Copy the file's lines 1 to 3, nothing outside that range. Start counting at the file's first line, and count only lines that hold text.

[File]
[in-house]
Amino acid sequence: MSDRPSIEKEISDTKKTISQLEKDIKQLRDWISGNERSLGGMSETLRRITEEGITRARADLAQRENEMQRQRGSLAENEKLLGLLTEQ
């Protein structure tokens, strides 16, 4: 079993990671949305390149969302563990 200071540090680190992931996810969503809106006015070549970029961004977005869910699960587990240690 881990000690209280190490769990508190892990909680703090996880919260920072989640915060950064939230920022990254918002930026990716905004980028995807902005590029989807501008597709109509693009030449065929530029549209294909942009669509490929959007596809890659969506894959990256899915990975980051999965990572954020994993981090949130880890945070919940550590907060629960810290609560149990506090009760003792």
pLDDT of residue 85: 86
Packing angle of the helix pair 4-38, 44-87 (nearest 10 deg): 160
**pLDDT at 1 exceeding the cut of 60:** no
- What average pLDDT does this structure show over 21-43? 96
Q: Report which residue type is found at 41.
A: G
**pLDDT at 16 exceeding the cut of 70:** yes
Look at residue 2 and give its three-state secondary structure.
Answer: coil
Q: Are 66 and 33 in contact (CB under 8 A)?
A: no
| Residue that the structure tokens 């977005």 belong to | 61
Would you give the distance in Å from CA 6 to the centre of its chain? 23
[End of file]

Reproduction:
[in-house]
Amino acid sequence: MSDRPSIEKEISDTKKTISQLEKDIKQLRDWISGNERSLGGMSETLRRITEEGITRARADLAQRENEMQRQRGSLAENEKLLGLLTEQ
């Protein structure tokens, strides 16, 4: 079993990671949305390149969302563990 200071540090680190992931996810969503809106006015070549970029961004977005869910699960587990240690 881990000690209280190490769990508190892990909680703090996880919260920072989640915060950064939230920022990254918002930026990716905004980028995807902005590029989807501008597709109509693009030449065929530029549209294909942009669509490929959007596809890659969506894959990256899915990975980051999965990572954020994993981090949130880890945070919940550590907060629960810290609560149990506090009760003792």